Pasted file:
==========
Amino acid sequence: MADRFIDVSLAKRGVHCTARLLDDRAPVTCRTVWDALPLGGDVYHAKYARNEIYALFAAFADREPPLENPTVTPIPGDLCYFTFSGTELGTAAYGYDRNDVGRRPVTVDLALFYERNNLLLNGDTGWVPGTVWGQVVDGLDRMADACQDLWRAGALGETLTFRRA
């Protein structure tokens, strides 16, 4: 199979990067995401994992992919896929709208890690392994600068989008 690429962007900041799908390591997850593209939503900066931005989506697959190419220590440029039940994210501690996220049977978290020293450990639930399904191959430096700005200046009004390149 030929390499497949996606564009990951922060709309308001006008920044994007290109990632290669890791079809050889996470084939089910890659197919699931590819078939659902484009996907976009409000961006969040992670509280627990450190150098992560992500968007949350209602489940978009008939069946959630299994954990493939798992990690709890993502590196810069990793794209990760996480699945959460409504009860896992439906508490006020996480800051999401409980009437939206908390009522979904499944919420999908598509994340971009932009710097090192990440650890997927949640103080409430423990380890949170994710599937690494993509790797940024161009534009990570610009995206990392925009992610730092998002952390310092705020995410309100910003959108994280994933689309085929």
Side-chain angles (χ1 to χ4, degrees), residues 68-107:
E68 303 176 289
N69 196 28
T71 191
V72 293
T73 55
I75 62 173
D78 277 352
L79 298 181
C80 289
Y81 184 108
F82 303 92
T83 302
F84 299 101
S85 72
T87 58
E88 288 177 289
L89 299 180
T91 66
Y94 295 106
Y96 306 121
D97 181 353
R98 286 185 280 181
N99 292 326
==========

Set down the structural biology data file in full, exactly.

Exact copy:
Amino acid sequence: MADRFIDVSLAKRGVHCTARLLDDRAPVTCRTVWDALPLGGDVYHAKYARNEIYALFAAFADREPPLENPTVTPIPGDLCYFTFSGTELGTAAYGYDRNDVGRRPVTVDLALFYERNNLLLNGDTGWVPGTVWGQVVDGLDRMADACQDLWRAGALGETLTFRRA
């Protein structure tokens, strides 16, 4: 199979990067995401994992992919896929709208890690392994600068989008 690429962007900041799908390591997850593209939503900066931005989506697959190419220590440029039940994210501690996220049977978290020293450990639930399904191959430096700005200046009004390149 030929390499497949996606564009990951922060709309308001006008920044994007290109990632290669890791079809050889996470084939089910890659197919699931590819078939659902484009996907976009409000961006969040992670509280627990450190150098992560992500968007949350209602489940978009008939069946959630299994954990493939798992990690709890993502590196810069990793794209990760996480699945959460409504009860896992439906508490006020996480800051999401409980009437939206908390009522979904499944919420999908598509994340971009932009710097090192990440650890997927949640103080409430423990380890949170994710599937690494993509790797940024161009534009990570610009995206990392925009992610730092998002952390310092705020995410309100910003959108994280994933689309085929």
Side-chain angles (χ1 to χ4, degrees), residues 68-107:
E68 303 176 289
N69 196 28
T71 191
V72 293
T73 55
I75 62 173
D78 277 352
L79 298 181
C80 289
Y81 184 108
F82 303 92
T83 302
F84 299 101
S85 72
T87 58
E88 288 177 289
L89 299 180
T91 66
Y94 295 106
Y96 306 121
D97 181 353
R98 286 185 280 181
N99 292 326